The acquirer OLB Group is positioning itself as a data steward for a future in which merchants will have predictive data to inform decisions on financing.

OLB is migrating its 8,500 clients to a merchant system called Omnisoft, which is hosted on Microsoft Azure, to remove the need for merchants to install or maintain applications in the store. But there is another goal beyond simply tying digital payments to merchant services.

An additional product, launched Tuesday, allows merchants to request a cash advance to be deposited to a bank account the next day, with Omnisoft's internal underwriting and artificial intelligent rules determining creditworthiness. OLB will also approach ISOs and merchant banks as resellers.

"Everything is set up as part of an ecosystem at the store, from signing up customers to how they are greeted in stores to how merchants connect a sell to other pieces of the business," said Ronny Yakov, OLB's chief executive. "So we also know their financial status, expectations of how much revenue they will have down the road and we'll know their credit risk if they are asking later to borrow money or extend a certain product or service."

Omnisoft is responding to what it sees as a trend away from on-site deployment for merchants' payment, inventory, marketing and other technology needs. Instead, it aims to place accounting, shipping, marketing, customer curation, social media and processing into a cloud that can accumulate intel on a store's operation and add or subtract new technology at will. It has integrated with programs that perform different tasks and delivers the services through an API, charging merchants based on technology usage.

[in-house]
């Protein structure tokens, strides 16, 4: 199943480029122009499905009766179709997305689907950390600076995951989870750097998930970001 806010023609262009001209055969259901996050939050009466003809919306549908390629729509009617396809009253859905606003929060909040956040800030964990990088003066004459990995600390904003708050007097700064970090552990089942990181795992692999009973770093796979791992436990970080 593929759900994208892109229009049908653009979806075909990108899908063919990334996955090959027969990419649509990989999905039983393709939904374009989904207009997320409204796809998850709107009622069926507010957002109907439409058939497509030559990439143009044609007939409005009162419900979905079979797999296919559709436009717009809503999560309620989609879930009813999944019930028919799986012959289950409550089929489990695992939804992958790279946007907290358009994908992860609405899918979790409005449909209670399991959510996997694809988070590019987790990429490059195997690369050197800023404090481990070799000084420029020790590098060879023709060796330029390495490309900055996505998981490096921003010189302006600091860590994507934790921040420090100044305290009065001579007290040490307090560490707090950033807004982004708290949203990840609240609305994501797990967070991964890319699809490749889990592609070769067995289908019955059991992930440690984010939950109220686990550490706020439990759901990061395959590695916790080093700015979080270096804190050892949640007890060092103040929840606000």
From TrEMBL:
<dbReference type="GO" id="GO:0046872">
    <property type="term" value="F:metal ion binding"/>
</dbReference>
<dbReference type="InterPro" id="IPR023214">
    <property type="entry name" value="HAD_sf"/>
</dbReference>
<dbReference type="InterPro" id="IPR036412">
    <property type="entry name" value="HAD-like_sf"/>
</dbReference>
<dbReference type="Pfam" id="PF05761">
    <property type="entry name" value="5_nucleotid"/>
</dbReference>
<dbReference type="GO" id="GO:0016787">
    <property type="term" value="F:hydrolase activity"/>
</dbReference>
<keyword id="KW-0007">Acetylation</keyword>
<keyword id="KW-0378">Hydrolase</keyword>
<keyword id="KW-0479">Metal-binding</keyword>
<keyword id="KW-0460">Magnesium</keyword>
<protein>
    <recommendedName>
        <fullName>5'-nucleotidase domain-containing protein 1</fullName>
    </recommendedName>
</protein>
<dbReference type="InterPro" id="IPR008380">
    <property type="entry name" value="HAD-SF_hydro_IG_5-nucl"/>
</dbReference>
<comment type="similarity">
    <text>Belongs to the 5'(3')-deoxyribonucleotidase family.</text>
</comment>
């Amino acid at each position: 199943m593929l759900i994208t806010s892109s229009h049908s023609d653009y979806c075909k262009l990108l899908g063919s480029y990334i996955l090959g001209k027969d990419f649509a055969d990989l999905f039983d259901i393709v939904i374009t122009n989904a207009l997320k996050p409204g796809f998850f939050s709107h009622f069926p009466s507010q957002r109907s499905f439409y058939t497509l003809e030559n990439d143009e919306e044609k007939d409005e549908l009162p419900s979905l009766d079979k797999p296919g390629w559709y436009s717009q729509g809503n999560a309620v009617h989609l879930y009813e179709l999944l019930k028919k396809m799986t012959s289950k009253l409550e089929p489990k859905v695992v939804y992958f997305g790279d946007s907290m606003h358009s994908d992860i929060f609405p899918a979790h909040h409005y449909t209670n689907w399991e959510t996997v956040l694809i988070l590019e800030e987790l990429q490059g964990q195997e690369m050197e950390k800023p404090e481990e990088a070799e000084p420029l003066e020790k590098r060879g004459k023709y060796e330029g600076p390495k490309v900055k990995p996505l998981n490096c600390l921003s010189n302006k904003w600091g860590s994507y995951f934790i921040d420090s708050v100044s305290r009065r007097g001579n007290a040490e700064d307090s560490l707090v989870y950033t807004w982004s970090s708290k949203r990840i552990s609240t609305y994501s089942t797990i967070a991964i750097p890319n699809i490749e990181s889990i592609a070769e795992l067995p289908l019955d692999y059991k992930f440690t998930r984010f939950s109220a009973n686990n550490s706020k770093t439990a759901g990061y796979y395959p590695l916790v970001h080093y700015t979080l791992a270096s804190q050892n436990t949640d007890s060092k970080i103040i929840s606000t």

It aces as a portal to all of these services in a single mobile or tablet screen, kind of like a menu instead of a model in which a retailer's digital needs don't start with payment processing as a flagship service to sell other products.

Omnisoft is in a very crowded market where companies take different approaches to accomplish what they all say is a similar goal. Acquirers have determined that that payment acceptance is commoditized, and making transactions work faster is no longer enough to entice merchants.

Using data to enable credit decisioning for small businesses that are underserved by banks is one way in which acquirers are sweetening their appeal.

Amex, Square and PayPal offer credit products for small businesses that use consumer payment performance as a credit risk metric. Startup FundKite is also pursuing small business credit. Square has invested heavily to broaden its relationships with merchants beyond payment processing. And Stripe has added security, subscription payments and open development tools to streamline checkout.

Major traditional acquirers such as Worldpay, First Data and TSYS are also diversifying to add a broader range of technology-driven marketing, CRM, inventory management and merchant services to payment processing and hardware.

The moves suggest hardware-based merchant acquiring has faded as a business strategy.

"Integrated, cloud-based solutions bring down the costs of hardware, software and in-store infrastructure while still providing robust services," said Rick Oglesby, president of AZ Payments Group. "Merchant acquirers and ISOs are developing the expertise to distribute these solutions and are starting to gain momentum. Independent software vendors are offering these solutions directly to their target markets. It’s now too big to ignore."

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